Procedures for calibration, initialisation, and post-installation verification

For accurate results it is necessary to have good practice and theoretical knowledge of the effects of damage on the wave characteristics. Base signal line should be obtained in the healthy state for use as reference in comparison with results in time. Optimization of the wave propagation in initial phase can be done by adjusting frequency and number of cycles. Data cleansing should be performed before the actual measurement.

* Ultrasonic Pulse Velocity Test (UPV)

The distance (path length) between the transducers should be measured as accurately as possible. It is very important to ensure adequate acoustic coupling of the transducers to the surface under test. A thin layer of couplant should be applied to the transducer and the test surface. In some cases it may be necessary to prepare the surface by smoothing it. For compound measurements and uniformity testing a test grid should be drawn out on the surface. Rebars affect the ultrasonic measurements as the signal will travel faster through the rebar than through the concrete. The location of rebars should be determined using a rebar locator.

Procedures for estimating the component of measurement uncertainty resulting from calibration of the data acquisition system (calibration uncertainty)

Guided wave behaviour is directly affected by thickness of the specimen and frequency used. Measurement uncertainty can be evaluated with statistical methods.

Requirements for data acquisition depending on measured physical quantity (e.g. based on the variation rate)

Data processing algorithm pass the signals along the same radial line.


Requirements and recommendations for maintenance during operation (in case of continuous maintenance)

Signal processing algorithm should be capable of running in real-time and frequent intervals, possibly during operation of the structure. System should be able to distinguish between signal changes due to damage processes and changes to environmental conditions. These environmental changes should be compensated with efficient signal-processing methods. Elimination of the sensitivity to temperature changes.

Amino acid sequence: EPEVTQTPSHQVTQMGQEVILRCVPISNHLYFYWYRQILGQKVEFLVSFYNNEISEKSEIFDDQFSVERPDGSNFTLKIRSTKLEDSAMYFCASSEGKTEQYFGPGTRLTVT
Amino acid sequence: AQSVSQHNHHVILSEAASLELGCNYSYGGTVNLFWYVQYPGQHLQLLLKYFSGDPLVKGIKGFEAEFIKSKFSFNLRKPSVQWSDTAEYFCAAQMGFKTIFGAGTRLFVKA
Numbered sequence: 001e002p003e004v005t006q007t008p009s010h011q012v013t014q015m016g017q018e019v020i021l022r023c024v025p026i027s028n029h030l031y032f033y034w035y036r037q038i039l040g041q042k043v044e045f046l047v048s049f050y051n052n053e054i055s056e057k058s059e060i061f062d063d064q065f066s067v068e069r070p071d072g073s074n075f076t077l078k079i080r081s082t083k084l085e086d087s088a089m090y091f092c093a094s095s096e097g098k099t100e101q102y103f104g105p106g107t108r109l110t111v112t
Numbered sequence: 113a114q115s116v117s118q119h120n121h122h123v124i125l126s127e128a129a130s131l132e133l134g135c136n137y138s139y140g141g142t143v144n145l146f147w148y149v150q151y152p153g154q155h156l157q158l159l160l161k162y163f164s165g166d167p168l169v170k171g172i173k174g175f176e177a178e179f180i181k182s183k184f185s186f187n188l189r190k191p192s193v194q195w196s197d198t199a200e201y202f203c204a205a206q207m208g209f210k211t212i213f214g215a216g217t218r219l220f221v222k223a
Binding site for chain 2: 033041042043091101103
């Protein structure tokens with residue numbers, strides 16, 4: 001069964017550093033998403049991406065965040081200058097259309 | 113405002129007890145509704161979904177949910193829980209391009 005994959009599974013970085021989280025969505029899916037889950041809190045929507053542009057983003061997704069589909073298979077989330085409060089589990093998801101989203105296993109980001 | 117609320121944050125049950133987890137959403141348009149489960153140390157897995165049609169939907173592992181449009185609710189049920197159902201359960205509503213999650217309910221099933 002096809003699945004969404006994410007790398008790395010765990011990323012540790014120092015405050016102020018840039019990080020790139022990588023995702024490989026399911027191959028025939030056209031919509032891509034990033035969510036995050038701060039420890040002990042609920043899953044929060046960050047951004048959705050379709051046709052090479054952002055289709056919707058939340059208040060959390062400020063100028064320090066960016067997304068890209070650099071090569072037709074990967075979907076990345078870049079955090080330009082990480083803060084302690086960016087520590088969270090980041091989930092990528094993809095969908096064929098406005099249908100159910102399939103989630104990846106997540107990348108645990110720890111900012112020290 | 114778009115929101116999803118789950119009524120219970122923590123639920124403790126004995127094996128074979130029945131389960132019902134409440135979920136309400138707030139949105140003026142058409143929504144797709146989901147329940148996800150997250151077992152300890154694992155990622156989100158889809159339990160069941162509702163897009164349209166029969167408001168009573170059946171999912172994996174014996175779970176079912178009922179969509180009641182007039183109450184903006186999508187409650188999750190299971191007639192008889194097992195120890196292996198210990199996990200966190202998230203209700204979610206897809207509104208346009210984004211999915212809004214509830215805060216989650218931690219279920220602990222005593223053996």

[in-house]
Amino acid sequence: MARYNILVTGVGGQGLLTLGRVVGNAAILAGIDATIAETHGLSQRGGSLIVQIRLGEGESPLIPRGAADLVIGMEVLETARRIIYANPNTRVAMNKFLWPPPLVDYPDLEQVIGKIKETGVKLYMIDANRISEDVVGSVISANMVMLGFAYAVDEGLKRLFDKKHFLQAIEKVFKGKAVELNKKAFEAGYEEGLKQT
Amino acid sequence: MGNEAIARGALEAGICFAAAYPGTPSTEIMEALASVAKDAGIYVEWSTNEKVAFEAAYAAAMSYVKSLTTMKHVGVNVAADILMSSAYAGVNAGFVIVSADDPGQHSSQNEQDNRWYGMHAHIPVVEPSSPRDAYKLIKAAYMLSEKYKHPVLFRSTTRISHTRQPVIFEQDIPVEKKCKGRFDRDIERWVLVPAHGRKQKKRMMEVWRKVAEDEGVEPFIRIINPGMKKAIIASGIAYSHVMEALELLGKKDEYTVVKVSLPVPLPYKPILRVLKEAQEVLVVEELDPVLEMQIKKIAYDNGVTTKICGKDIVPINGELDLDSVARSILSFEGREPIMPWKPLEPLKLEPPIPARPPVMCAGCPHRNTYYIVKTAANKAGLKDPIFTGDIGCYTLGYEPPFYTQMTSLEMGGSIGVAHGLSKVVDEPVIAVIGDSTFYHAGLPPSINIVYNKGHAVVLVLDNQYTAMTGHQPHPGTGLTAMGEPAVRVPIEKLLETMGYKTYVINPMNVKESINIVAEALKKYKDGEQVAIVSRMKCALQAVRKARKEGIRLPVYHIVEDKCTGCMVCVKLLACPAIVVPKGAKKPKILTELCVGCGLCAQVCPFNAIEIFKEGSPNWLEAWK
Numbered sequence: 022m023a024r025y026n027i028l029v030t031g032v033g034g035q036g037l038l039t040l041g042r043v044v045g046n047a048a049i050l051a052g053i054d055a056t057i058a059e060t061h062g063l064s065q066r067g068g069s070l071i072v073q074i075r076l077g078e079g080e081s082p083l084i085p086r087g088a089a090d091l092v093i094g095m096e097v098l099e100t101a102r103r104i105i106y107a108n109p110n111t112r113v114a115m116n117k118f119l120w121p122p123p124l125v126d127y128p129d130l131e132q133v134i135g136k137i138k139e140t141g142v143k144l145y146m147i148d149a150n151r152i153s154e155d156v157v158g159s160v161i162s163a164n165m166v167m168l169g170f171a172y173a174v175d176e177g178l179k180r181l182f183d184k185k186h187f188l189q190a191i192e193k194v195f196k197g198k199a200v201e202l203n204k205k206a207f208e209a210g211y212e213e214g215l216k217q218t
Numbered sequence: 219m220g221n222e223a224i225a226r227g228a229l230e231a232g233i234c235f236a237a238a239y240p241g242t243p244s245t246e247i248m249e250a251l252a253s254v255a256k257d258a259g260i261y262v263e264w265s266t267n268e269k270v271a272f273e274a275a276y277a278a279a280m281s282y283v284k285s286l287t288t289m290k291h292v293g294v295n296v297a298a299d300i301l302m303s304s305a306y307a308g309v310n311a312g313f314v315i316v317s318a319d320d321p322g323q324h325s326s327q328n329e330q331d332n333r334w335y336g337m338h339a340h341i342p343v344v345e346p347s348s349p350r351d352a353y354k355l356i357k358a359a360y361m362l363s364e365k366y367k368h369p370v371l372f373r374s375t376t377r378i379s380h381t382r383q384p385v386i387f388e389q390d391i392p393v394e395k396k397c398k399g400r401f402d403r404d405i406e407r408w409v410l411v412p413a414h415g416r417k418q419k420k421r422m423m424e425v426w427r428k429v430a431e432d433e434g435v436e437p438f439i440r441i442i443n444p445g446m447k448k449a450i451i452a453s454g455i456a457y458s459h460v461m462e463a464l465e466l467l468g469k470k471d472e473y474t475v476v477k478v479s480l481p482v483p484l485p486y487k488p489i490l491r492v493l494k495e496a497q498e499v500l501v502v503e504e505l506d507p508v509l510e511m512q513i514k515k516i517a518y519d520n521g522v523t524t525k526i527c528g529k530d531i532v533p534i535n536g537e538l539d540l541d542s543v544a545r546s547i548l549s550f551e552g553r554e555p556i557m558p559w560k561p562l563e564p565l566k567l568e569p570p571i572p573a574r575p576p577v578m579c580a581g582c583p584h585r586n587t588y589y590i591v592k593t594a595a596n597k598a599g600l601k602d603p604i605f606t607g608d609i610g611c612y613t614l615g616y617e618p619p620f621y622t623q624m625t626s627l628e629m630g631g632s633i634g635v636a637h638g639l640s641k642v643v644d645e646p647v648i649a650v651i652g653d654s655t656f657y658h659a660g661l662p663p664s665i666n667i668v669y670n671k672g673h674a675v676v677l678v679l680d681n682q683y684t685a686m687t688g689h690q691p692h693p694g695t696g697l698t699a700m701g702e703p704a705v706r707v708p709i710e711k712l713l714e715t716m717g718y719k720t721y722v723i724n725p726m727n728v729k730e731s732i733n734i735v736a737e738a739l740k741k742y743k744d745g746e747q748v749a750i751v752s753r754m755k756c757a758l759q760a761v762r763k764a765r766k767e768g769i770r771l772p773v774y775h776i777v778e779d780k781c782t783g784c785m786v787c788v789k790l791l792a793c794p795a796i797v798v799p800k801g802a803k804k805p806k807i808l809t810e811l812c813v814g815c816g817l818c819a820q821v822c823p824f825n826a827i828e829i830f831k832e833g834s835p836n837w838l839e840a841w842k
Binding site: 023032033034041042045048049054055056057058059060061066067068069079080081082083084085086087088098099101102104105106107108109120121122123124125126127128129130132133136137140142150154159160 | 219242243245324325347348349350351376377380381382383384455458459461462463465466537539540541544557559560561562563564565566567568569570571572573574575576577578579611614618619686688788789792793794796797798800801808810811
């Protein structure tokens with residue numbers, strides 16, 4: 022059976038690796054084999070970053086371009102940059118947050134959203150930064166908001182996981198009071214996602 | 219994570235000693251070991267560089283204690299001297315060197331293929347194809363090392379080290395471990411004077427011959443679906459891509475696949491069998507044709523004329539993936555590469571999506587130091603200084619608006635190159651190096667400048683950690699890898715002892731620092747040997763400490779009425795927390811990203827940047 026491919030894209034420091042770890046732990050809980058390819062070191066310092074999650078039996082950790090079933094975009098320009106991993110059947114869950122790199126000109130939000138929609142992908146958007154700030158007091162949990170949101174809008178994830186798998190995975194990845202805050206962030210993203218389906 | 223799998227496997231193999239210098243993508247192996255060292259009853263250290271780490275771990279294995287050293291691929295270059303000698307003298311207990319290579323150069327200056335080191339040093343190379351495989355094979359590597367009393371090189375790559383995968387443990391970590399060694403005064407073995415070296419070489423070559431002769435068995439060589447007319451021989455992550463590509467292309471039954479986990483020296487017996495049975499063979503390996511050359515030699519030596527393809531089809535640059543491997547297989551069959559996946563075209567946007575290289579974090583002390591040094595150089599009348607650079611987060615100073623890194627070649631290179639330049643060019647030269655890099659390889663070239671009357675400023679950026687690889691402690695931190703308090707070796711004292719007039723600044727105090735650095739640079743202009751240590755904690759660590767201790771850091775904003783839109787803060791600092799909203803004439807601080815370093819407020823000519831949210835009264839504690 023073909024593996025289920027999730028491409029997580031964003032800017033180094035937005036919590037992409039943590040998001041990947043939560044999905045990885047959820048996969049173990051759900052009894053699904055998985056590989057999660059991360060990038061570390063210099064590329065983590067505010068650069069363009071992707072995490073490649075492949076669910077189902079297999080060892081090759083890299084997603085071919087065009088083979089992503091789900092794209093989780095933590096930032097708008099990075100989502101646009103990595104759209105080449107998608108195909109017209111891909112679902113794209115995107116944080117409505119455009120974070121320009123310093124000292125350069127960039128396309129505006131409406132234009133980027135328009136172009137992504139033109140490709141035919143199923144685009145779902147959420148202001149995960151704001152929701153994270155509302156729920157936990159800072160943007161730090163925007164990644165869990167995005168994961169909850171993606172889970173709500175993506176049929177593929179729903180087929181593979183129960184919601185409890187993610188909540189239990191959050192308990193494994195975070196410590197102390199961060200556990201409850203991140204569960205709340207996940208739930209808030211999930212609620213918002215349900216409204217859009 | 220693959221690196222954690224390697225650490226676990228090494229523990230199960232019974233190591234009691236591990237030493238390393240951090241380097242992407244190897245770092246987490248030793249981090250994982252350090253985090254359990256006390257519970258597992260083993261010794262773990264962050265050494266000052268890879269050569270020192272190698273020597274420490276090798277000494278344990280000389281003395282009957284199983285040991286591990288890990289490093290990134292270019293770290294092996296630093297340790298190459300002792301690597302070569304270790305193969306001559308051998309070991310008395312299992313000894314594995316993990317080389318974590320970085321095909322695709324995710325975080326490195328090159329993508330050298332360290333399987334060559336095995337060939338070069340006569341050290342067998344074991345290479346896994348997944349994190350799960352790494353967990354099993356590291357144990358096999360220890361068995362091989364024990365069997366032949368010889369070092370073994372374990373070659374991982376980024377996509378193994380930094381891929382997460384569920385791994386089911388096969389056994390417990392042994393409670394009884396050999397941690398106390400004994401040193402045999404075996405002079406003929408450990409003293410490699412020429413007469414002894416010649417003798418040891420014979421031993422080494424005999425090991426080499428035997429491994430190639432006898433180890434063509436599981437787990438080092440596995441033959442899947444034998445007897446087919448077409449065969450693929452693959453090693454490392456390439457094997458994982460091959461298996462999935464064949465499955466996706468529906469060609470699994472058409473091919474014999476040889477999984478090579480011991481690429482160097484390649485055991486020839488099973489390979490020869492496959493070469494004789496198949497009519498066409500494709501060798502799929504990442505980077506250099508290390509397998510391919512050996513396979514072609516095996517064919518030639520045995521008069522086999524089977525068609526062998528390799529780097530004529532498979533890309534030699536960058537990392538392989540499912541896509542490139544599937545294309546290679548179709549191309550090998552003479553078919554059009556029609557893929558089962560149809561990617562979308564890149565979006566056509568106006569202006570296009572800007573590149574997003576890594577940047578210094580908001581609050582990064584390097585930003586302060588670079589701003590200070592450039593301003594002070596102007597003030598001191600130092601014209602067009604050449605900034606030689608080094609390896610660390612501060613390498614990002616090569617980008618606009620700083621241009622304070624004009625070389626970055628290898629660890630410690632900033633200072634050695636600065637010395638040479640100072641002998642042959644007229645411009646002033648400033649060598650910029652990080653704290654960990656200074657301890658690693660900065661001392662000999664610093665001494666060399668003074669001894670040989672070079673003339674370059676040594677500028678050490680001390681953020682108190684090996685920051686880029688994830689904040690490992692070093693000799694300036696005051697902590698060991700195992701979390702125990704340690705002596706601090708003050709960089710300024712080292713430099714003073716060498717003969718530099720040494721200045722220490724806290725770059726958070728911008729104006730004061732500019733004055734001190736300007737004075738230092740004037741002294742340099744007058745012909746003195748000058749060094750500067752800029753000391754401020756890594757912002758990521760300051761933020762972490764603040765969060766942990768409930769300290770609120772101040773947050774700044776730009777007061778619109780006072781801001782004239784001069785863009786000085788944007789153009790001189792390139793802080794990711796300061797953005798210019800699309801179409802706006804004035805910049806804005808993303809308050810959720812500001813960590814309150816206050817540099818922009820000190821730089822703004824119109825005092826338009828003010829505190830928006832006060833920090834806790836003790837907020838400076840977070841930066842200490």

Criteria for the successive surveying campaigns for updating the sensors. The campaigns include: (i) Georeferenced frame, i.e. the global location on the bridge; (ii) Alignment of sensor data, relative alignment of the data collected in a surveying; (iii) Multi-temporal registration to previous campaigns; and (iv) Diagnostics.

No data available.


The inspection report should include: * date of the inspection,

  • dimensions of the investigated area or sketch of the structure,
  • ambient temperature,
  • registered signals.

In case of continuous monitoring usually the system is equipped with a software and reports are generated automatically with scans, reflection annotations and operator notes are stored in the cloud.

Lifespan of the technology (if applied for continuous monitoring)

The guided waves technique can be used in short-term inspection and continuous monitoring over large volumes with mounted sensors. Continuous measurement can take from few hours to years.

Interpretation and validation of results

Expected output (Format, e.g. numbers in a .txt file)

  • Guided Wave Propagation method:

Time domain response vs amplitude of piezo sensors in a graphical form on the computer.

An example of base signal with the recorded signal from a rebar in concrete structure is shown below:

Fig. 3. Time domain response from the inspected concrete area